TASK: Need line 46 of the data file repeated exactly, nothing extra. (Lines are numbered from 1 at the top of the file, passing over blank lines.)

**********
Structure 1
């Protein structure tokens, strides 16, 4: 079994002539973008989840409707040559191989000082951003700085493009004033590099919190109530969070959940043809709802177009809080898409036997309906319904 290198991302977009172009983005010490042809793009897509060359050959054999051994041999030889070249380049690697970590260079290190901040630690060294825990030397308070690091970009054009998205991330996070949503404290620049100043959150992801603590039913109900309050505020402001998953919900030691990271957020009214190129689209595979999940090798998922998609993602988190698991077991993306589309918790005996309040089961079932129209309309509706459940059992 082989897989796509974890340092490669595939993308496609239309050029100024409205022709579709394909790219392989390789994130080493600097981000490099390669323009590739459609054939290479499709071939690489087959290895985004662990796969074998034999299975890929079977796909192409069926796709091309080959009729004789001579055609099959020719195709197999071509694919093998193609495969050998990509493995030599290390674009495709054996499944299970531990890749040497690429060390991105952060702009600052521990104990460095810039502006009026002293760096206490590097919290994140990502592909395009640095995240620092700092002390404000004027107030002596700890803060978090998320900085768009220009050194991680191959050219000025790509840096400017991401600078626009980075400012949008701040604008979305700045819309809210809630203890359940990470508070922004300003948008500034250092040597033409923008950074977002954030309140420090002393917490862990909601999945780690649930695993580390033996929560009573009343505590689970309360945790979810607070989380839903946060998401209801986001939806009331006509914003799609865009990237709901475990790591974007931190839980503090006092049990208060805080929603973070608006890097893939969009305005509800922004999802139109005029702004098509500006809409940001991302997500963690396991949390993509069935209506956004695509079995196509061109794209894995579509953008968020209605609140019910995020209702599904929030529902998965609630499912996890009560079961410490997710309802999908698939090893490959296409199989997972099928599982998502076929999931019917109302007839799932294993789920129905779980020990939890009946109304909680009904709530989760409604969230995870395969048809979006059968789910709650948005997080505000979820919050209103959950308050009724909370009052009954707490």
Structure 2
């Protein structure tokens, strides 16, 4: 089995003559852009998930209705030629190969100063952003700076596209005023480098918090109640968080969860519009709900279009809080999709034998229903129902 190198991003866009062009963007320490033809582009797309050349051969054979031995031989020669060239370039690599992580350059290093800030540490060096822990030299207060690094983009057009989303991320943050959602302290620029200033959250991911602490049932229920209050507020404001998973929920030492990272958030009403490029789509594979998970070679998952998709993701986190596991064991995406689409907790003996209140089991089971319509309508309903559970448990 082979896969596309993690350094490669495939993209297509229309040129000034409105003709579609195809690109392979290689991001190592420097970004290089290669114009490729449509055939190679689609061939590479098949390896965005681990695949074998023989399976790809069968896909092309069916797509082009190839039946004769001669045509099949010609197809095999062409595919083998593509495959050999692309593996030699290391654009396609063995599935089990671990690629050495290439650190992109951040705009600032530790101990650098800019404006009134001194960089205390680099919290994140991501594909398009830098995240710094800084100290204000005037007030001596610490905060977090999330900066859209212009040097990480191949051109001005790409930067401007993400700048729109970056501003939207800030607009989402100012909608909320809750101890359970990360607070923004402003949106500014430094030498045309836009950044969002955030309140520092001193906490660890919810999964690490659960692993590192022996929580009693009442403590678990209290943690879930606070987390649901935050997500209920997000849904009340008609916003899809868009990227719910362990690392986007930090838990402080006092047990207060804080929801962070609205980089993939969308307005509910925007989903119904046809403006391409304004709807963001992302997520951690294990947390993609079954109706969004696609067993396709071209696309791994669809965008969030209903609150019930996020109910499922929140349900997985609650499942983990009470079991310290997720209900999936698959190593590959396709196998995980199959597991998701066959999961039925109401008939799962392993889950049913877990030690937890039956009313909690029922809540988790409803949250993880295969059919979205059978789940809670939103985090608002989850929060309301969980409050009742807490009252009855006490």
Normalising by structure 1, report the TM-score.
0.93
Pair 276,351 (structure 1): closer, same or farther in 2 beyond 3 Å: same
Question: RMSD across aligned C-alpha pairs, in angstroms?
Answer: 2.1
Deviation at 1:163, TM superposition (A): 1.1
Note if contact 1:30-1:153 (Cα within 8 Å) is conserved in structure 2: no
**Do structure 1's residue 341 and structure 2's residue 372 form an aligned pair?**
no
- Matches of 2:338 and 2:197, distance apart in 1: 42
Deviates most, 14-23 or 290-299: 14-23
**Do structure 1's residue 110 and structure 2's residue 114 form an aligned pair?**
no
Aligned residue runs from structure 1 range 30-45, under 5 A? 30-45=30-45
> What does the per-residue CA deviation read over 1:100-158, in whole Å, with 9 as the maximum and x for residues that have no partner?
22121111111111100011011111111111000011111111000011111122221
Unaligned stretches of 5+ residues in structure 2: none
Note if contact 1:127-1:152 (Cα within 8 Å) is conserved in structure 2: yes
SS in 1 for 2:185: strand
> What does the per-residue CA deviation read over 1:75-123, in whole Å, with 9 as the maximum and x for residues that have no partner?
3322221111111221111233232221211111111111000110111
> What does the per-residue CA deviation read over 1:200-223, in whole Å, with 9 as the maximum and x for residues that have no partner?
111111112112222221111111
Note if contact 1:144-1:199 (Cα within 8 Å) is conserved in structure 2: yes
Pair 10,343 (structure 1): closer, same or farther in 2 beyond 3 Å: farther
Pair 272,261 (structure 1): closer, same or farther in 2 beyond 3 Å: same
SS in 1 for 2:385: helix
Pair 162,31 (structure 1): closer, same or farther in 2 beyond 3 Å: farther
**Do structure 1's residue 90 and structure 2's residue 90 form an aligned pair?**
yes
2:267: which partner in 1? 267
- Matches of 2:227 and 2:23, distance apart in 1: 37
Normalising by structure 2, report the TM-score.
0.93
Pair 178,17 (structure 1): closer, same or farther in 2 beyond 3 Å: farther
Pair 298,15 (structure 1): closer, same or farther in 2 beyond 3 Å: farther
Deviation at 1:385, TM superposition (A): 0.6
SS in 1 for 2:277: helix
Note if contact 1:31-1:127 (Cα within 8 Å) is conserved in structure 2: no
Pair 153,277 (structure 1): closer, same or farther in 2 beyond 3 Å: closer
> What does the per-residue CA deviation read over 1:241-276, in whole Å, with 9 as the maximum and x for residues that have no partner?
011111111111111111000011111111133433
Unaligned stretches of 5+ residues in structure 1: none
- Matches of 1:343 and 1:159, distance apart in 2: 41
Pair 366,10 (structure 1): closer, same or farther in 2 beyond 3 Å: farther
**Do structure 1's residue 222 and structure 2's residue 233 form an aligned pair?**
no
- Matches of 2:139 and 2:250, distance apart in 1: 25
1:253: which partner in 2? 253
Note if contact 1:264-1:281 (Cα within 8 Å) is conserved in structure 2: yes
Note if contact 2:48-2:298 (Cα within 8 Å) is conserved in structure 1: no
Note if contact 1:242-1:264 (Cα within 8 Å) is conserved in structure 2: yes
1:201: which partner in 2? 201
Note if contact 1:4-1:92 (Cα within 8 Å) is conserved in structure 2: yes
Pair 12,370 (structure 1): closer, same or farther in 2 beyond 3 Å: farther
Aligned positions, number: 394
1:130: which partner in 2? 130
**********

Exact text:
011111111111111111000011111111133433